The gastric pathogen Helicobacter pylori colonizes approximately half of the human world population. The bacterium injects the effector protein cytotoxin associated gene A (CagA) via a type-IV secretion system into host epithelial cells, where the protein becomes phosphorylated at specific EPIYA-motifs by cellular kinases. Inside the host cell, CagA can interact with over 25 different proteins in both phosphorylation-dependent and phosphorylation-independent manners, resulting in manipulation of host-cell signaling pathways. During the course of an H. pylori infection, certain host-cell proteins undergo tyrosine dephosphorylation in a CagA-dependent manner, including the actin-binding proteins cortactin and vinculin. A predominant response of intracellular CagA is the binding and activation of tyrosine phosphatase, the human Src-homology-region-2-domain-containing-phosphatase-2 (SHP2). Here, we considered the possibility that activated SHP2 might be responsible for the dephosphorylation of cortactin and vinculin. To investigate this, phosphatase inhibitor studies were performed. Additionally, a complete knockout mutant of SHP2 in AGS cells was created by CRISPR/Cas9 technology, and these cells were infected with H. pylori. However, neither the presence of an inhibitor nor the inactivation of SHP2 prevented the dephosphorylation of cortactin and vinculin upon CagA delivery. Tyrosine dephosphorylation of these proteins is therefore independent of SHP2 and instead must be caused by another, as yet unidentified, protein tyrosine phosphatase.
Campylobacter jejuni is an important pathogen of foodborne illness. Transmigration across the intestinal epithelial barrier and invasion are considered as primary reasons for tissue damage triggered by C. jejuni. Using knockout mutants, it was shown that the serine protease HtrA may be important for stress tolerance and physiology of C. jejuni. HtrA is also secreted in the extracellular environment, where it can cleave junctional host cell proteins such as E-cadherin. Aim of the present study was to establish a genetic complementation system in two C. jejuni strains in order to introduce the wild-type htrA gene in trans, test known htrA phenotypes, and provide the basis to perform further mutagenesis. We confirm that reexpression of the htrA wild-type gene in ΔhtrA mutants restored the following phenotypes: 1) C. jejuni growth at high temperature (44 °C), 2) growth under high oxygen stress conditions, 3) expression of proteolytically active HtrA oligomers, 4) secretion of HtrA into the supernatant, 5) cell attachment and invasion, and 6) transmigration across polarized epithelial cells. These results establish a genetic complementation system for htrA in C. jejuni, exclude polar effects in the ΔhtrA mutants, confirm important HtrA properties, and permit the discovery and dissection of new functions.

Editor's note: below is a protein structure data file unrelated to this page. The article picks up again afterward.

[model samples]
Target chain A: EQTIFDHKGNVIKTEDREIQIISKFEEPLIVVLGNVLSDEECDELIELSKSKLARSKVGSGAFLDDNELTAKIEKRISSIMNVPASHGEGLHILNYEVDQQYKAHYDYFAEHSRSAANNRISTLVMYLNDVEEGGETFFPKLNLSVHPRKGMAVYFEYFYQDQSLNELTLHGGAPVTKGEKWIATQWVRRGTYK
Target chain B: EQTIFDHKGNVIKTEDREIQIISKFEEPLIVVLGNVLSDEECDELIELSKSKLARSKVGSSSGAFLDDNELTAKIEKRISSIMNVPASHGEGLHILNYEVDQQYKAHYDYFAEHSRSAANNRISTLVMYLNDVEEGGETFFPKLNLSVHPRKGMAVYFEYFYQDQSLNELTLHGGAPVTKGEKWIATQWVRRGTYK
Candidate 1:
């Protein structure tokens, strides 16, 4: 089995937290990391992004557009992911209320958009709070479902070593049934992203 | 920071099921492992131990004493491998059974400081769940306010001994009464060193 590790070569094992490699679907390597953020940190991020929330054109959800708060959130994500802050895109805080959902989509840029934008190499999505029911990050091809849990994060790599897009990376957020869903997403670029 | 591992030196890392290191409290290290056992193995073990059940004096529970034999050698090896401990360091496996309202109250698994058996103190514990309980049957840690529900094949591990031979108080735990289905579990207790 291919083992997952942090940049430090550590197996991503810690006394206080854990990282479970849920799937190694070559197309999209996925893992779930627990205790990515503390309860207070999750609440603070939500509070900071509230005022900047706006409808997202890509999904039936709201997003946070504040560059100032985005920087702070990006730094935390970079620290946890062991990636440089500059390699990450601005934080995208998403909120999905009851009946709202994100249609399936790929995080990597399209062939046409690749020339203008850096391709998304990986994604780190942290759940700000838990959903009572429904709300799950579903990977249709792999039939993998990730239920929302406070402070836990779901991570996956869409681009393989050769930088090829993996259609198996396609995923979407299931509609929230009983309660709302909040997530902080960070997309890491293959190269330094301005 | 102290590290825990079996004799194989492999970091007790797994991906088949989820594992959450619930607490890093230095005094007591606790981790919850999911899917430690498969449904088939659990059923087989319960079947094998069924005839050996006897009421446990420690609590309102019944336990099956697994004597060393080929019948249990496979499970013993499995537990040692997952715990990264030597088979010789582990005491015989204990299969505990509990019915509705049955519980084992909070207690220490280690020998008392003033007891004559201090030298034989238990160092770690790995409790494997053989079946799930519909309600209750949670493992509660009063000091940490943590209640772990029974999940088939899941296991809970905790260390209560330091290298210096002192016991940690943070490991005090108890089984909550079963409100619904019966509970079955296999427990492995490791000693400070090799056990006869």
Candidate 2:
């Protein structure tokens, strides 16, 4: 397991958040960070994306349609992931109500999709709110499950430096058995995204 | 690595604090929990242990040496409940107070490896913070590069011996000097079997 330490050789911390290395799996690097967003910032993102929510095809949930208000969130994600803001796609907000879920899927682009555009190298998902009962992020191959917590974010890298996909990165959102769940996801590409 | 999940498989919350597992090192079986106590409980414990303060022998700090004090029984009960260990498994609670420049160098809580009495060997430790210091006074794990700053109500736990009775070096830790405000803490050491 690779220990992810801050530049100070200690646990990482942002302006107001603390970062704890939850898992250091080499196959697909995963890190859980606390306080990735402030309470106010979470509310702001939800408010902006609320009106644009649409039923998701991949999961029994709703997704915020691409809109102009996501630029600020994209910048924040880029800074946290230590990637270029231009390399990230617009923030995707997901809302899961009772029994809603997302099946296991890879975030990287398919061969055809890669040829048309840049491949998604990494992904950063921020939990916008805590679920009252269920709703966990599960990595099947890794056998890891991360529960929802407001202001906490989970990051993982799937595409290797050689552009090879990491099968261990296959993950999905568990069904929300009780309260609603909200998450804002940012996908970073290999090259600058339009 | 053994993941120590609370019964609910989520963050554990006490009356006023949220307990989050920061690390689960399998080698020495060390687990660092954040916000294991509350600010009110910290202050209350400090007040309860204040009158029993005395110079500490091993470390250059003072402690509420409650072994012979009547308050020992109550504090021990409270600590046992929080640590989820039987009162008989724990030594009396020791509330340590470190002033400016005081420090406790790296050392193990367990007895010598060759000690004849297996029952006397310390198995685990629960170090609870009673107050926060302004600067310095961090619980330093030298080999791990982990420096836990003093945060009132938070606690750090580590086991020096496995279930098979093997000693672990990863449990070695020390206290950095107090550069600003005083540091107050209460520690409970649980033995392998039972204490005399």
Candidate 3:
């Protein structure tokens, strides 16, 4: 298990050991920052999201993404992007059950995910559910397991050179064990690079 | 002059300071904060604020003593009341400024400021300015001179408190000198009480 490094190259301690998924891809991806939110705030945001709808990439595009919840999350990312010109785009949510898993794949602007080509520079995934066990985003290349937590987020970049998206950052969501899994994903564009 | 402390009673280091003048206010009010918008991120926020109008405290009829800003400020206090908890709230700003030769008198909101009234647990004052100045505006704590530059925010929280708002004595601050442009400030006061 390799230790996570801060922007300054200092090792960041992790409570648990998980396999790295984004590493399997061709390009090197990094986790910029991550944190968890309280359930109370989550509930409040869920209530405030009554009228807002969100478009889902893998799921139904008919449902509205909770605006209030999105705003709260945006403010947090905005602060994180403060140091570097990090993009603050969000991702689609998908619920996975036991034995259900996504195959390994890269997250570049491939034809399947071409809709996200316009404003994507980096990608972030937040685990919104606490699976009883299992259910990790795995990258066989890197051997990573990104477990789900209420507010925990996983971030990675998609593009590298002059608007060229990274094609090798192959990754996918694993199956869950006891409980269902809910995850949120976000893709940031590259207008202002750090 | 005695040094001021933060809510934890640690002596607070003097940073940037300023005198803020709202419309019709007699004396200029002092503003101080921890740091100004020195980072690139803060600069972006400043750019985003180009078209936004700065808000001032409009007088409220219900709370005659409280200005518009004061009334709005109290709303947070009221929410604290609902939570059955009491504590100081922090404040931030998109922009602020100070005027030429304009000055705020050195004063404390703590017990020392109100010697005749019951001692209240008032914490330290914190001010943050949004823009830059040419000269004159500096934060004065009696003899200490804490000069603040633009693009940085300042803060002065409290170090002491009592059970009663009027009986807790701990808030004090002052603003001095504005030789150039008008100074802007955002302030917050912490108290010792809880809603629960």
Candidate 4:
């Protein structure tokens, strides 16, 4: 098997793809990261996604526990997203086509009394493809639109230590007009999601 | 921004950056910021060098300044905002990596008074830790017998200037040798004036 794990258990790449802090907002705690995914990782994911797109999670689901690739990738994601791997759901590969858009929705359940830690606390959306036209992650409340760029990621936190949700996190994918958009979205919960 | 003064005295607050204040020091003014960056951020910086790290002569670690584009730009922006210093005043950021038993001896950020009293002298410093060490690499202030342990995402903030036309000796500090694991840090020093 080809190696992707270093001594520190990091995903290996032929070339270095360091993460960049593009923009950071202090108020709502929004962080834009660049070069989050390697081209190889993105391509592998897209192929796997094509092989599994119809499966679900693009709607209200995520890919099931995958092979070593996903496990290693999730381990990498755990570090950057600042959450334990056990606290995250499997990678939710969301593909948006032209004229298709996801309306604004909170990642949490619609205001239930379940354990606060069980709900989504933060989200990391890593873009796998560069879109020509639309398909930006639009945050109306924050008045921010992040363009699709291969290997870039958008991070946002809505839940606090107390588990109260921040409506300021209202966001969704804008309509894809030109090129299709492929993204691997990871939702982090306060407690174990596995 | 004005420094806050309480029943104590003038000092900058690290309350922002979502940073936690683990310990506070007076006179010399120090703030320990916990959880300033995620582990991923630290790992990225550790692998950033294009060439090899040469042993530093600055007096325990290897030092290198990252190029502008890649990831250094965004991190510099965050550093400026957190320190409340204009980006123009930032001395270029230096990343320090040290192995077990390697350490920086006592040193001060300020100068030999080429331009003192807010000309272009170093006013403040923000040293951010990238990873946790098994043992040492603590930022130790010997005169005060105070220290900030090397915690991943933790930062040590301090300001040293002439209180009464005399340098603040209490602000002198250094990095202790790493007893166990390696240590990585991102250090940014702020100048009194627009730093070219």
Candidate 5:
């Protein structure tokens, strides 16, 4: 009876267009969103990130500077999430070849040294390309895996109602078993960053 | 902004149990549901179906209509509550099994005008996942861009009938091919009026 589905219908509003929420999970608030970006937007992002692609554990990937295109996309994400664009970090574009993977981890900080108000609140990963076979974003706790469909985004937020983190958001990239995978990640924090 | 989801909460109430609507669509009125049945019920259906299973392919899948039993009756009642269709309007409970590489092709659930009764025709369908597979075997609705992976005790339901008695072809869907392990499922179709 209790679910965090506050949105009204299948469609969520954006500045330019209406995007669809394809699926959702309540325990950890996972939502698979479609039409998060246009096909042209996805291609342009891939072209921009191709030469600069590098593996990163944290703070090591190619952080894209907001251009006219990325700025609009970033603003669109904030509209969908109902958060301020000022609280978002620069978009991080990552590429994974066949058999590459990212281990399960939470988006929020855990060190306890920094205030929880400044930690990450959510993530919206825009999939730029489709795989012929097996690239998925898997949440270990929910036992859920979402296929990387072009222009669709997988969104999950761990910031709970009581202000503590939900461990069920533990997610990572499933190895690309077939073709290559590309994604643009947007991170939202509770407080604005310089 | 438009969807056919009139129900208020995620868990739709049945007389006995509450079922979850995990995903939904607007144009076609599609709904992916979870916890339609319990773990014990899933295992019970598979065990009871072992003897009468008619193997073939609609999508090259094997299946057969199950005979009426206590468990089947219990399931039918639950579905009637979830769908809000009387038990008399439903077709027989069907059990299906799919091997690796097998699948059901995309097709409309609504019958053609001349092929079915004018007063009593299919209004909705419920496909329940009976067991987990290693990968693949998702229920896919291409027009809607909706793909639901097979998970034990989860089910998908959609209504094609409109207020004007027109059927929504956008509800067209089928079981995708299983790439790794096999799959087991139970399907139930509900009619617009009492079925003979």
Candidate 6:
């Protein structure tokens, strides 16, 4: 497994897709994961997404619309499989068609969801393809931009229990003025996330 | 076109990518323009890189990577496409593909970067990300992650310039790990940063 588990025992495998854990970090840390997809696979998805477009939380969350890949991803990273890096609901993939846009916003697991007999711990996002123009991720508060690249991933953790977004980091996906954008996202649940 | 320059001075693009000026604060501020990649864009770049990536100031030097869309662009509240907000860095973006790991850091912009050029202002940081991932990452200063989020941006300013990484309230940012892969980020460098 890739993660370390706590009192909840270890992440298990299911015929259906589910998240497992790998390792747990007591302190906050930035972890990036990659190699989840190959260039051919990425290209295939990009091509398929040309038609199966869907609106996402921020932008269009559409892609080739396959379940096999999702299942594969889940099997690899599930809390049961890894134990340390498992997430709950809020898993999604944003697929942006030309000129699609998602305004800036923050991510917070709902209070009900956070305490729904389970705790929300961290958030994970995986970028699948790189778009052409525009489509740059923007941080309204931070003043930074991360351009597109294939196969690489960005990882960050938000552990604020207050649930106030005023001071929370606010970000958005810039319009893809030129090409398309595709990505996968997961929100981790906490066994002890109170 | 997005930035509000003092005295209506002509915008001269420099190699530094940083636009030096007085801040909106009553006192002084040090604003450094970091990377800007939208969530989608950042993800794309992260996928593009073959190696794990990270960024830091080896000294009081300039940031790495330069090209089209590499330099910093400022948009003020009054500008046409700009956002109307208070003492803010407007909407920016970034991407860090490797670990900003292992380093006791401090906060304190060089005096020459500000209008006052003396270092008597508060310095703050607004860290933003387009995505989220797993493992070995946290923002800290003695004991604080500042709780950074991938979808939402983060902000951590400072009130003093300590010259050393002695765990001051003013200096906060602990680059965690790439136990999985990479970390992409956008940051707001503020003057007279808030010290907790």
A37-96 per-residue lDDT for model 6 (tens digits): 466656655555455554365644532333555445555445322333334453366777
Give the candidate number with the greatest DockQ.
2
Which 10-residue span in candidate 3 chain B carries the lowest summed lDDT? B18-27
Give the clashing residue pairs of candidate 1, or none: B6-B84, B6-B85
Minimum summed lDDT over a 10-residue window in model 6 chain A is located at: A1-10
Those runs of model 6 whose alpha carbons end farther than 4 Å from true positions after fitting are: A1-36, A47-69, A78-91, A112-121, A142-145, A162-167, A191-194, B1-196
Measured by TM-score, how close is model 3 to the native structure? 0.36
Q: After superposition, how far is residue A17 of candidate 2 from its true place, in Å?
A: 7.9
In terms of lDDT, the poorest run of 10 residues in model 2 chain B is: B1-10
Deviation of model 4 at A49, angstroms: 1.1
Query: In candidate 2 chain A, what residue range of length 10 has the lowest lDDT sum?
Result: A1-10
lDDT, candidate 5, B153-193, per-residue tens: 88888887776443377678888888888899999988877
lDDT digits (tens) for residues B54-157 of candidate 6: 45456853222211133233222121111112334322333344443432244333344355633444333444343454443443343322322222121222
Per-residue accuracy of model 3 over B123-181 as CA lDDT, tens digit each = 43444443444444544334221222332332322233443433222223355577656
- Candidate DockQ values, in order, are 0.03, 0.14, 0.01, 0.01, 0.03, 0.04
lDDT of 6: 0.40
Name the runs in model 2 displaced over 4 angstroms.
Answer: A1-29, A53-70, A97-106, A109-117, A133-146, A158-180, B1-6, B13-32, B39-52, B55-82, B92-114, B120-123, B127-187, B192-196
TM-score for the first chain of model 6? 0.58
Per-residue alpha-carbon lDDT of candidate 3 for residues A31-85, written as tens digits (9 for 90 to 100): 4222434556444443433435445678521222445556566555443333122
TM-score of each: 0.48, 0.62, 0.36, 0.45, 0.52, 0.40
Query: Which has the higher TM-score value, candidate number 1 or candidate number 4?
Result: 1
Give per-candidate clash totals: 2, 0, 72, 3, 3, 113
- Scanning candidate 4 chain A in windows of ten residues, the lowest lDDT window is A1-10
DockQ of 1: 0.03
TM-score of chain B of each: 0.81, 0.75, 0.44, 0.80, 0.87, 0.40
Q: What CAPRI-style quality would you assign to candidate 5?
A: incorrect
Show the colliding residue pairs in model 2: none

Campylobacter jejuni is a major food-borne zoonotic pathogen, responsible for a large proportion of bacterial gastroenteritis cases, as well as Guillian-Barré and Miller-Fisher syndromes. During infection, tissue damage is mainly caused by bacteria invading epithelial cells and traversing the intestinal barrier. C. jejuni is able to enter the lamina propria and the bloodstream and may move into other organs, such as spleen, liver, or mesenteric lymph nodes. However, the involved molecular mechanisms are not fully understood. C. jejuni can transmigrate effectively across polarized intestinal epithelial cells mainly by the paracellular route using the serine protease high-temperature requirement A (HtrA). However, it appears that HtrA has a dual function, as it also acts as a chaperone, interacting with denatured or misfolded periplasmic proteins under stress conditions. Here, we review recent progress on the role of HtrA in C. jejuni pathogenesis. HtrA can be transported into the extracellular space and cleaves cell-to-cell junction factors, such as E-cadherin and probably others, disrupting the epithelial barrier and enabling paracellular transmigration of the bacteria. The secretion of HtrA is a newly discovered strategy also utilized by other pathogens. Thus, secreted HtrA proteases represent highly attractive targets for anti-bacterial treatment and may provide a suitable candidate for vaccine development.